Respect is due for one former England midfielder from another. The reason? Pride and passion.
Leadership comes in many different styles. Bryan Robson’s was very simple: he led by example.
For more than ten years, the longest-ever serving Manchester United captain inspired club and international team-mates alike with his limitless energy and drive.
The man who became known to the nation as Captain Marvel made his England debut in a European Championship Qualifier at Wembley in February 1980. He missed out on the tournament itself, but it wasn’t long before he was established as a regular in the side. Over the next decade he accumulated 90 caps, the sixth highest of any player. He captained England in 65 of those games, a record bettered only by Bobby Moore and Billy Wright.
According to former Liverpool and Spurs midfielder Jamie Redknapp, Robson’s aura reached beyond his fellow players, inspiring him as a young footballer.
He says: “For me, Robson epitomised exactly what it meant to play for your country. He was as brave as a lion and an all–action type of player. You saw him in that no.7 shirt and he made you want to play for England, too.”
Indeed Redknapp, who became the youngest player to feature in Europe for Liverpool, went on to make 17 appearances for England – a number that would have been much higher had it not been for injury. Now a coach and a respected television pundit, Redknapp remembers playing against his idol.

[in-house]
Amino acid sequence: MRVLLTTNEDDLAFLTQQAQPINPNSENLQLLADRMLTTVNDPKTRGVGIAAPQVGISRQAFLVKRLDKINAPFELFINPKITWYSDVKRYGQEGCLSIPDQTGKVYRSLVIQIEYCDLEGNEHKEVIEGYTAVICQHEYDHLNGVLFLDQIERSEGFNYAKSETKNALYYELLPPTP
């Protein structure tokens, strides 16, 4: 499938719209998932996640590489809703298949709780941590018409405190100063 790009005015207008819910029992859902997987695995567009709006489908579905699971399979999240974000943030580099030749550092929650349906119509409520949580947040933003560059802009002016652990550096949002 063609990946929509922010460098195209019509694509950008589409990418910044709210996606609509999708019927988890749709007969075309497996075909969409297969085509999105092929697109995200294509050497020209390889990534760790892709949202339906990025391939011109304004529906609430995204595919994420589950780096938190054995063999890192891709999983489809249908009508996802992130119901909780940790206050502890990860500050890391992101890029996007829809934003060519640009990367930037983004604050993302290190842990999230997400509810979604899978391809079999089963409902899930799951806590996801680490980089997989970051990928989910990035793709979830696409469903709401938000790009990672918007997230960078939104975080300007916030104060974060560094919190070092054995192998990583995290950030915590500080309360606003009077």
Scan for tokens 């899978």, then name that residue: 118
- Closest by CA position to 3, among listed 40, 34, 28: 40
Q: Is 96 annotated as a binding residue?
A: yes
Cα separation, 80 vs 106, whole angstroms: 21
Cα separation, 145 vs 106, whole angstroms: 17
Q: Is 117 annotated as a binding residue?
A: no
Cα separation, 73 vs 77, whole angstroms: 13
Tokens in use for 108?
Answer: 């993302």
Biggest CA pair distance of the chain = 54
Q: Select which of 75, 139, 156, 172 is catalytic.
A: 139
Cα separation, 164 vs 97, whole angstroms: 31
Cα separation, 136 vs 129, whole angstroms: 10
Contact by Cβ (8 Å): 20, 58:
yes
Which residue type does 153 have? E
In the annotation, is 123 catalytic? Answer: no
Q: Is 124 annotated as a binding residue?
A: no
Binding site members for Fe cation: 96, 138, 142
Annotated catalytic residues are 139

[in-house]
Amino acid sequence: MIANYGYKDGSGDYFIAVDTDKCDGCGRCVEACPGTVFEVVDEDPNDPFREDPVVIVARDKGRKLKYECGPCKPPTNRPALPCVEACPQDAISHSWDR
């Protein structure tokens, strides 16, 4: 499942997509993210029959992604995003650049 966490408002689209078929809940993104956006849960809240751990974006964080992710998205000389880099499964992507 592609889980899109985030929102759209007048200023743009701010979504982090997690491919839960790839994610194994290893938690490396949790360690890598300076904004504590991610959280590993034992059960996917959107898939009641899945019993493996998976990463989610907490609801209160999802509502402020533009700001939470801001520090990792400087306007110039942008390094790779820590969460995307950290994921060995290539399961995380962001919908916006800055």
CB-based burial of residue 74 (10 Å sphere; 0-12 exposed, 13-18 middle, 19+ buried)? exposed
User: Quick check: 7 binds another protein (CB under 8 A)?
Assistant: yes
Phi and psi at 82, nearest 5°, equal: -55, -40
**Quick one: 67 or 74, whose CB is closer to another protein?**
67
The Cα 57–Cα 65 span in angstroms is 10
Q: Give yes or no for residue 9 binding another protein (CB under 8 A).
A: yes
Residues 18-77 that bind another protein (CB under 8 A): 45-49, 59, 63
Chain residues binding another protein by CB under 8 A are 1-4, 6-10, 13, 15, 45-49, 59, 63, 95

“Obviously Robbo was no longer at the height of his powers when our paths finally crossed, but he was still superb. He was box-to-box and spraying
the ball about everywhere.”
Goals also formed a big part of Robson’s game – he scored 26 times for England, a total many strikers would be proud of. His most famous came against France in the World Cup of 1982, when he beat Jean-Luc Ettori in 27 seconds, the second fastest goal in Finals history, only since bettered
by Turkey’s Hakan Sukur, who took only 11 to net against South Korea in 2002.
Redknapp remains a big fan, saying: “I honestly think if he played today he would be an even bigger star – the modern game would really suit his style. And the other thing about him, of course, is that he is still an absolutely top fella.”